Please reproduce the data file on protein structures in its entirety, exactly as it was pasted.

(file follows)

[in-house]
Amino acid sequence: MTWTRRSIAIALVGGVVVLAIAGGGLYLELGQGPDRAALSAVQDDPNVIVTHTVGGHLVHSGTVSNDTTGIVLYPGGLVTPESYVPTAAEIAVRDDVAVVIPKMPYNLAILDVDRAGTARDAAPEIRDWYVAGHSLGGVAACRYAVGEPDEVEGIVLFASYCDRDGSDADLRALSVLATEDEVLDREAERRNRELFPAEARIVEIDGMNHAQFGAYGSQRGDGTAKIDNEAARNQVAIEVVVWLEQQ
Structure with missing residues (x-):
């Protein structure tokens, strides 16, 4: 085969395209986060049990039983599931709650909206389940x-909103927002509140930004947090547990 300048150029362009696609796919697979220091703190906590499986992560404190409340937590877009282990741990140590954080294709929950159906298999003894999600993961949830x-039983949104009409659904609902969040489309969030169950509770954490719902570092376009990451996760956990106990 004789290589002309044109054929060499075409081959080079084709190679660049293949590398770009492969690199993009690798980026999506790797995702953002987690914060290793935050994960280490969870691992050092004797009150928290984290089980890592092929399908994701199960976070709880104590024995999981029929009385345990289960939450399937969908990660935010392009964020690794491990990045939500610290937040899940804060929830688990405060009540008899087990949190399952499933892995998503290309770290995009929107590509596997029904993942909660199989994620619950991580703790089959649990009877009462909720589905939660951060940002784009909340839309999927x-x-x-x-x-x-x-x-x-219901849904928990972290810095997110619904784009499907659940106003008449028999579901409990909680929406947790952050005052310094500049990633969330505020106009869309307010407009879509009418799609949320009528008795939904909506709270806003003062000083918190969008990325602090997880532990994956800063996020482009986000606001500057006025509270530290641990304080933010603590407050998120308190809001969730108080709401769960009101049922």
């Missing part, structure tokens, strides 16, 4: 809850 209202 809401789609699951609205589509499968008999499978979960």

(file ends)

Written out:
[in-house]
Amino acid sequence: MTWTRRSIAIALVGGVVVLAIAGGGLYLELGQGPDRAALSAVQDDPNVIVTHTVGGHLVHSGTVSNDTTGIVLYPGGLVTPESYVPTAAEIAVRDDVAVVIPKMPYNLAILDVDRAGTARDAAPEIRDWYVAGHSLGGVAACRYAVGEPDEVEGIVLFASYCDRDGSDADLRALSVLATEDEVLDREAERRNRELFPAEARIVEIDGMNHAQFGAYGSQRGDGTAKIDNEAARNQVAIEVVVWLEQQ
Structure with missing residues (x-):
């Protein structure tokens, strides 16, 4: 085969395209986060049990039983599931709650909206389940x-909103927002509140930004947090547990 300048150029362009696609796919697979220091703190906590499986992560404190409340937590877009282990741990140590954080294709929950159906298999003894999600993961949830x-039983949104009409659904609902969040489309969030169950509770954490719902570092376009990451996760956990106990 004789290589002309044109054929060499075409081959080079084709190679660049293949590398770009492969690199993009690798980026999506790797995702953002987690914060290793935050994960280490969870691992050092004797009150928290984290089980890592092929399908994701199960976070709880104590024995999981029929009385345990289960939450399937969908990660935010392009964020690794491990990045939500610290937040899940804060929830688990405060009540008899087990949190399952499933892995998503290309770290995009929107590509596997029904993942909660199989994620619950991580703790089959649990009877009462909720589905939660951060940002784009909340839309999927x-x-x-x-x-x-x-x-x-219901849904928990972290810095997110619904784009499907659940106003008449028999579901409990909680929406947790952050005052310094500049990633969330505020106009869309307010407009879509009418799609949320009528008795939904909506709270806003003062000083918190969008990325602090997880532990994956800063996020482009986000606001500057006025509270530290641990304080933010603590407050998120308190809001969730108080709401769960009101049922």
């Missing part, structure tokens, strides 16, 4: 809850 209202 809401789609699951609205589509499968008999499978979960």